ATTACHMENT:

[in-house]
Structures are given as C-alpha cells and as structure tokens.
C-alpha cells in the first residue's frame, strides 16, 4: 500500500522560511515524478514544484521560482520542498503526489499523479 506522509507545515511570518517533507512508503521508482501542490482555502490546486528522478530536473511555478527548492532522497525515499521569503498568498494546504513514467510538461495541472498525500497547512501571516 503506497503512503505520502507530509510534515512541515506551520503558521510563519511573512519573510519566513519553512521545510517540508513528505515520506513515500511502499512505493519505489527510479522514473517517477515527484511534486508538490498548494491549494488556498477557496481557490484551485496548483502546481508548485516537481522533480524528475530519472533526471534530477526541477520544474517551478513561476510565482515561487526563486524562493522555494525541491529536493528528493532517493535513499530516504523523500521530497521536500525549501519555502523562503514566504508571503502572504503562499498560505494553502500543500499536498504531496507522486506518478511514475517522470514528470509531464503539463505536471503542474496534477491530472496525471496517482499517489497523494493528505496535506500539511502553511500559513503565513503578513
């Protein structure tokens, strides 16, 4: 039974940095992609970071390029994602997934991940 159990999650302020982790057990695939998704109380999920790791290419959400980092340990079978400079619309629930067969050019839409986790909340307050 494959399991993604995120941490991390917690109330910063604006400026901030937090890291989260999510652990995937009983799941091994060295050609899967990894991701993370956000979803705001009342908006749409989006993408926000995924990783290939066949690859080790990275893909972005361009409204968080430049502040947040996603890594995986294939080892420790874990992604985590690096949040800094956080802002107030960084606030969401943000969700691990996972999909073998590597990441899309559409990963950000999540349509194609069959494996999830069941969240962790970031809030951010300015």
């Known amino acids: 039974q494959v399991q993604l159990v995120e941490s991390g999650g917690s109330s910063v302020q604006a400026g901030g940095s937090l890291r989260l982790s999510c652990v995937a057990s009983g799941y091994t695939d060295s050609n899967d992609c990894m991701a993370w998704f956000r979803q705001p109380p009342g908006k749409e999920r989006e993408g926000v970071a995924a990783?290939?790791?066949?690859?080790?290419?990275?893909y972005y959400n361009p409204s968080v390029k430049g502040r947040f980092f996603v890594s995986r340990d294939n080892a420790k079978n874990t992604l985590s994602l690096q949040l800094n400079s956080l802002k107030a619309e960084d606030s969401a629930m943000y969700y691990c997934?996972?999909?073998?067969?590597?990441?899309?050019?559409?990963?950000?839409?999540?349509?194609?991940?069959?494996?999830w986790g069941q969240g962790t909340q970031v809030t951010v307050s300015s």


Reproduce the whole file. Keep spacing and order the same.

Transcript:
[in-house]
Structures are given as C-alpha cells and as structure tokens.
C-alpha cells in the first residue's frame, strides 16, 4: 500500500522560511515524478514544484521560482520542498503526489499523479 506522509507545515511570518517533507512508503521508482501542490482555502490546486528522478530536473511555478527548492532522497525515499521569503498568498494546504513514467510538461495541472498525500497547512501571516 503506497503512503505520502507530509510534515512541515506551520503558521510563519511573512519573510519566513519553512521545510517540508513528505515520506513515500511502499512505493519505489527510479522514473517517477515527484511534486508538490498548494491549494488556498477557496481557490484551485496548483502546481508548485516537481522533480524528475530519472533526471534530477526541477520544474517551478513561476510565482515561487526563486524562493522555494525541491529536493528528493532517493535513499530516504523523500521530497521536500525549501519555502523562503514566504508571503502572504503562499498560505494553502500543500499536498504531496507522486506518478511514475517522470514528470509531464503539463505536471503542474496534477491530472496525471496517482499517489497523494493528505496535506500539511502553511500559513503565513503578513
């Protein structure tokens, strides 16, 4: 039974940095992609970071390029994602997934991940 159990999650302020982790057990695939998704109380999920790791290419959400980092340990079978400079619309629930067969050019839409986790909340307050 494959399991993604995120941490991390917690109330910063604006400026901030937090890291989260999510652990995937009983799941091994060295050609899967990894991701993370956000979803705001009342908006749409989006993408926000995924990783290939066949690859080790990275893909972005361009409204968080430049502040947040996603890594995986294939080892420790874990992604985590690096949040800094956080802002107030960084606030969401943000969700691990996972999909073998590597990441899309559409990963950000999540349509194609069959494996999830069941969240962790970031809030951010300015």
């Known amino acids: 039974q494959v399991q993604l159990v995120e941490s991390g999650g917690s109330s910063v302020q604006a400026g901030g940095s937090l890291r989260l982790s999510c652990v995937a057990s009983g799941y091994t695939d060295s050609n899967d992609c990894m991701a993370w998704f956000r979803q705001p109380p009342g908006k749409e999920r989006e993408g926000v970071a995924a990783?290939?790791?066949?690859?080790?290419?990275?893909y972005y959400n361009p409204s968080v390029k430049g502040r947040f980092f996603v890594s995986r340990d294939n080892a420790k079978n874990t992604l985590s994602l690096q949040l800094n400079s956080l802002k107030a619309e960084d606030s969401a629930m943000y969700y691990c997934?996972?999909?073998?067969?590597?990441?899309?050019?559409?990963?950000?839409?999540?349509?194609?991940?069959?494996?999830w986790g069941q969240g962790t909340q970031v809030t951010v307050s300015s």